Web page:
If you believe in God, sincerely seeing God as having a capacity and desire to control everything that occurs in real time, there’s a lot to be angry about — pretty much always! One is remiss to not affirmatively acknowledge that truism.
And so, people become angry at God all the time. A totally human reaction. They don’t articulate it when praying in synagogue, and they frequently don’t acknowledge it aloud. They certainly don’t say it as Yom Kippur approaches – crunch time, to be sure, in the religion’s calendar. After all, as a gladiator in the Coliseum one certainly wouldn’t want to tell Caesar seated with his thumb extended as he contemplates your fate, that you’re angry at him. A very poor strategy indeed for living a longer life, especially if one believes the party line that Yom Kippur is indeed a make or break point.
Too human? Too mundane? Yes, but many people think that way. Indeed, the entire concept of an annualized book of life is a very human construct. One certainly doesn’t find a “Book of Life” described or even mentioned in the Written Torah. The founders of what has morphed into Rabbinic Judaism – that is, the Pharisees (not God or Moses) – likely envisioned a thumbs “up” or “down” motif on the part of God as the best means to inspire tshuvah.
Although it has worked reasonably well over time, it still doesn’t give solace to the individual whom God has angered when she experiences a horrible event in her life. Say, one has been met with an overwhelming personal upheaval for which there is no comprehensible rationale – e.g., a dread disease or a devastating hurricane. She sincerely believes in God, but disdains employing the robotic reaction that “God had a genuine purpose for all this in His grand scheme that we humans simply can’t fathom.” So, she is effectively reduced to being angry. Very human, but we are human!
If we’re unwilling to accept the kneejerk that “God is great and knows better than we do,” we travel to the undeniability that God Himself embedded in us a host of human reactions, some to deal with personal crises. As a paramount example, God frequently became angry with the Hebrews in the desert. So if, for example, God was angry at Moses for hitting a rock rather than speaking to it, why can’t I become angry at God when I’m only forty years old and irreversibly dying of COVID; when my teenage child dies in a car crash; or when my house and possessions blow up in a tornado? After all, God directed us in no uncertain terms to emulate His Ways. Not meaning to be cynical, will Elijah the Prophet be able to explain why “anger” is not one of those “Ways” for us as well when he walks the earth to herald the coming of the Messiah.
Somehow, amazingly, Job, a favorite son of God, did manage to forgive God for making a wager with the devil – my God, gambling with the devil? – having visited upon Job incomparable and incomprehensible suffering designed to prove that God is essentially more powerful than the devil. If we are to believe in the spiritual value of that story — in which Job initially became angry with God — doesn’t it tell “believers” who are met with personal disaster that anger is acceptable for them too? After all, it’s hard to passively, without hostile emotion, accept the reality that oftentimes “the good die young” or that “bad things happen to good people” if one envisions God as an “All Powerful and All Merciful” being.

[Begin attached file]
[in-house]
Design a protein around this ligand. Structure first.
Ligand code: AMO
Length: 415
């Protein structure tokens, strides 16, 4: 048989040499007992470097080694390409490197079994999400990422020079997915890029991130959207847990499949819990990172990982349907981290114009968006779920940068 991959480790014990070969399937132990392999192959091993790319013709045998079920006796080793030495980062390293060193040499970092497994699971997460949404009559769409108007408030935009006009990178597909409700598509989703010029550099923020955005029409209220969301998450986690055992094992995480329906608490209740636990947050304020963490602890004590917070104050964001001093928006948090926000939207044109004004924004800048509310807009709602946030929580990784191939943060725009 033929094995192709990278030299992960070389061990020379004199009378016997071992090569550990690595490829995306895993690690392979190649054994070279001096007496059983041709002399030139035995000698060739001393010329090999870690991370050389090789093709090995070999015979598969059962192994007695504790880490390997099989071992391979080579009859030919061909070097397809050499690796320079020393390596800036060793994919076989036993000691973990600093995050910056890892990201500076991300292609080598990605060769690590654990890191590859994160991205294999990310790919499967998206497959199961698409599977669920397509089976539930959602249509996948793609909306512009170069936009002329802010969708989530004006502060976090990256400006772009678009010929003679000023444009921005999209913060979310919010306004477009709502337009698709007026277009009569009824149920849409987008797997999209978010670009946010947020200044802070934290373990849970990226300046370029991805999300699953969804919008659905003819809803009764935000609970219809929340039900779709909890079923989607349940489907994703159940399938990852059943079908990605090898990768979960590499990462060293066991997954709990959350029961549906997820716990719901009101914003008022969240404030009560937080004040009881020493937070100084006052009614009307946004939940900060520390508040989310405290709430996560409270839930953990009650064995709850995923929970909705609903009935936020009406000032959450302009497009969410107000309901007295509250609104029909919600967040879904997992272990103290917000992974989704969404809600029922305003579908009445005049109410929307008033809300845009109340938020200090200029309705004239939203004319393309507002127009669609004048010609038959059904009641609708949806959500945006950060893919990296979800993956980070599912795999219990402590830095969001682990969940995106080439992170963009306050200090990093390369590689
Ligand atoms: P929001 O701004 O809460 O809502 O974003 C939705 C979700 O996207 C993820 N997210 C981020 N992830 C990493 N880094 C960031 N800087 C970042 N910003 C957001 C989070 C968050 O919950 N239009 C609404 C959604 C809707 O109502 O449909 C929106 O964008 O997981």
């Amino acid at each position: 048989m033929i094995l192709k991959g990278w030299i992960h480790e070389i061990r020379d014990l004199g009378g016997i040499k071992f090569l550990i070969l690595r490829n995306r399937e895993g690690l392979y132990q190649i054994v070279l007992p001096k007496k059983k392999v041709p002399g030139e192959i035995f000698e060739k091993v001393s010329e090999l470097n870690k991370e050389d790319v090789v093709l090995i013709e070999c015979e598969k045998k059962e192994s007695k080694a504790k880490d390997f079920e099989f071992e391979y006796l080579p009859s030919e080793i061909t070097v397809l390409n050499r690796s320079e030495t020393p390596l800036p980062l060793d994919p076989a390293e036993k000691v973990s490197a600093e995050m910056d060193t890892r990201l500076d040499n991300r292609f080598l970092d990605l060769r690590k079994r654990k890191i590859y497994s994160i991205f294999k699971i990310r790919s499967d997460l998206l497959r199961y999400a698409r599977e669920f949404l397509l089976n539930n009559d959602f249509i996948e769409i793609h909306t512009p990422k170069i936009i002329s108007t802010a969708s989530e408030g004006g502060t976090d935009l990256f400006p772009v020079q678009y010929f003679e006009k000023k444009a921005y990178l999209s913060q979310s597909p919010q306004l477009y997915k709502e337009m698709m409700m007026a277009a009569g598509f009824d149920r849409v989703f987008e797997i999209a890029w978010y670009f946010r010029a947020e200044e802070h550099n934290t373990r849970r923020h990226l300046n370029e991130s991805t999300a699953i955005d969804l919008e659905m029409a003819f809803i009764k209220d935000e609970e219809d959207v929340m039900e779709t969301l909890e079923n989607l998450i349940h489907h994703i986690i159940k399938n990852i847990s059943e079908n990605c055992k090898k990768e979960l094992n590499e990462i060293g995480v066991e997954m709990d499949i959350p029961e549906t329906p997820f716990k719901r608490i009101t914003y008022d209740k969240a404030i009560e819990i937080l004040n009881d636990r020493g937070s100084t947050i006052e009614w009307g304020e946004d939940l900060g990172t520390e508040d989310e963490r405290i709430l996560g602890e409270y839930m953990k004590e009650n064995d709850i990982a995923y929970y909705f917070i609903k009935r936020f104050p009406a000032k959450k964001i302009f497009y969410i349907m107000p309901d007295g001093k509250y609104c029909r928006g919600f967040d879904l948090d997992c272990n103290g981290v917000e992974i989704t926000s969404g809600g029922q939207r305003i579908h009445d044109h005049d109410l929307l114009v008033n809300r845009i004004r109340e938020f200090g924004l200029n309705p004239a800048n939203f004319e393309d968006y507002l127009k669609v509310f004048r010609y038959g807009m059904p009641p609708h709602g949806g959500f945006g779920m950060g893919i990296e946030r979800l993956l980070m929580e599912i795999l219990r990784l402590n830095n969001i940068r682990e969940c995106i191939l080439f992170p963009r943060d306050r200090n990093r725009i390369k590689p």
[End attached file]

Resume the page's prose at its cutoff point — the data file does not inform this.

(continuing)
Every relationship is fraught, at least sometimes. Often it’s the reason why hermits, unable to abide human interaction, withdraw from it altogether. Many of the rest of us ease the anger stemming from a painful relationship by “venting” directly with the antagonist, sometimes friends or family. On occasion, the encounter takes an aggressive, degrading or even nasty turn.
A “relationship” with God is obviously different. Still, it’s impossible to believe that God can do everything (as many do) and not be disappointed, even angry, when (it seems) that He dropped the ball, struck out, or even simply allowed the game to proceed without His involvement, allowing bad things to happen to good people or worse, made it happen.
It’s really, though, at the end of the day, about how addressing the anger manifests itself. Primordially crying out to God may work for some. But “talking it out” with God? Despite what some preachers might tell us, He never really responds overtly, except in our imagination. So do we express our anger by cursing God; eating a ham sandwich; dispensing with prayer; flouting His Laws to convey to Him our hostility over what He has done, or enabled, or allowed?
Everyone expresses anger in their own way, but saying to oneself “I’m simply not allowed to be angry at God” because it’s sinful seems unrealistic, and not human. Of course, one can simply “divorce” God, unilaterally ending the relationship altogether, no longer having to be concerned with being angry with God. But is there value in that?
Interestingly, on Yom Kippur we don’t say an ‘Al Chayt’ for having been angry at God during this past year. While anger at God certainly isn’t formally “countenanced” (for lack of a better word), reacting to God occasionally with anger is simply part of “the relationship,” or equation. It’s how a human being who firmly believes in God is occasionally compelled to deal with the sometimes totally incomprehensible at play in the world – recognizing, necessarily, though, that anger at God can hardly be a default position whenever things seem to go wrong.
Expressing anger to God – importantly, as the title argues – can only occur if one actually believes in God! Importantly, manifesting that anger with respect or due deference, as Job somehow managed despite all, remains a thin needle to thread. It ends up being a lifetime commitment.
Again, we can’t become angry at God unless we actually believe in Him. The adage, however, tells us that there are no atheists in a foxhole. If true, do they too get angry at Him from there?